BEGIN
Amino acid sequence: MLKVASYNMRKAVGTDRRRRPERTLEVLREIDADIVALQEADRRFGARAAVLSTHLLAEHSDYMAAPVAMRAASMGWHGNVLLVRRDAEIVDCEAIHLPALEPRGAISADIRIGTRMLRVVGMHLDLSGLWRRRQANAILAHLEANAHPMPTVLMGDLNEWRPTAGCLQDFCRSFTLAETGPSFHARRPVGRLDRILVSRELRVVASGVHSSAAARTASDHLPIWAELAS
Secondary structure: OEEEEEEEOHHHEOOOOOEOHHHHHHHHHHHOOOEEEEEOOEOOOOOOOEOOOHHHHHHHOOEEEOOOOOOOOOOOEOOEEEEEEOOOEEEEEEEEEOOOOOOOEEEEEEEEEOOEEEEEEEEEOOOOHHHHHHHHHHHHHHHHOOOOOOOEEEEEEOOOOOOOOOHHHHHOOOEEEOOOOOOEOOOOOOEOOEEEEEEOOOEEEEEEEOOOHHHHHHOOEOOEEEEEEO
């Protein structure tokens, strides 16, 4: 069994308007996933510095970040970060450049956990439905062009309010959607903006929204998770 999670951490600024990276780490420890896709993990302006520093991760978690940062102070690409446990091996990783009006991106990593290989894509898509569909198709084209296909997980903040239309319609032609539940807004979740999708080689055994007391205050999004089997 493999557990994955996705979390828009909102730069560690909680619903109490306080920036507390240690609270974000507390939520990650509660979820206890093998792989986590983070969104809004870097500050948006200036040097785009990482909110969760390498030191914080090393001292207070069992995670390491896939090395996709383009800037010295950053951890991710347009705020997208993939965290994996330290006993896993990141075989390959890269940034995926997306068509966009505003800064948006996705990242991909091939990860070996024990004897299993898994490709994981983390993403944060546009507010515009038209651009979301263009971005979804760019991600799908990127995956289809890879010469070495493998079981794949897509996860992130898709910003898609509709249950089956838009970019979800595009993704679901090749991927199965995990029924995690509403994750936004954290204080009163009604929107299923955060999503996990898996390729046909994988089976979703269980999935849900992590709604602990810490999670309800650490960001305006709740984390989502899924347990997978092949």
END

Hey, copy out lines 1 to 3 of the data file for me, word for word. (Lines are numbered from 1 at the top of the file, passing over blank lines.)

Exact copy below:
Amino acid sequence: MLKVASYNMRKAVGTDRRRRPERTLEVLREIDADIVALQEADRRFGARAAVLSTHLLAEHSDYMAAPVAMRAASMGWHGNVLLVRRDAEIVDCEAIHLPALEPRGAISADIRIGTRMLRVVGMHLDLSGLWRRRQANAILAHLEANAHPMPTVLMGDLNEWRPTAGCLQDFCRSFTLAETGPSFHARRPVGRLDRILVSRELRVVASGVHSSAAARTASDHLPIWAELAS
Secondary structure: OEEEEEEEOHHHEOOOOOEOHHHHHHHHHHHOOOEEEEEOOEOOOOOOOEOOOHHHHHHHOOEEEOOOOOOOOOOOEOOEEEEEEOOOEEEEEEEEEOOOOOOOEEEEEEEEEOOEEEEEEEEEOOOOHHHHHHHHHHHHHHHHOOOOOOOEEEEEEOOOOOOOOOHHHHHOOOEEEOOOOOOEOOOOOOEOOEEEEEEOOOEEEEEEEOOOHHHHHHOOEOOEEEEEEO
């Protein structure tokens, strides 16, 4: 069994308007996933510095970040970060450049956990439905062009309010959607903006929204998770 999670951490600024990276780490420890896709993990302006520093991760978690940062102070690409446990091996990783009006991106990593290989894509898509569909198709084209296909997980903040239309319609032609539940807004979740999708080689055994007391205050999004089997 493999557990994955996705979390828009909102730069560690909680619903109490306080920036507390240690609270974000507390939520990650509660979820206890093998792989986590983070969104809004870097500050948006200036040097785009990482909110969760390498030191914080090393001292207070069992995670390491896939090395996709383009800037010295950053951890991710347009705020997208993939965290994996330290006993896993990141075989390959890269940034995926997306068509966009505003800064948006996705990242991909091939990860070996024990004897299993898994490709994981983390993403944060546009507010515009038209651009979301263009971005979804760019991600799908990127995956289809890879010469070495493998079981794949897509996860992130898709910003898609509709249950089956838009970019979800595009993704679901090749991927199965995990029924995690509403994750936004954290204080009163009604929107299923955060999503996990898996390729046909994988089976979703269980999935849900992590709604602990810490999670309800650490960001305006709740984390989502899924347990997978092949």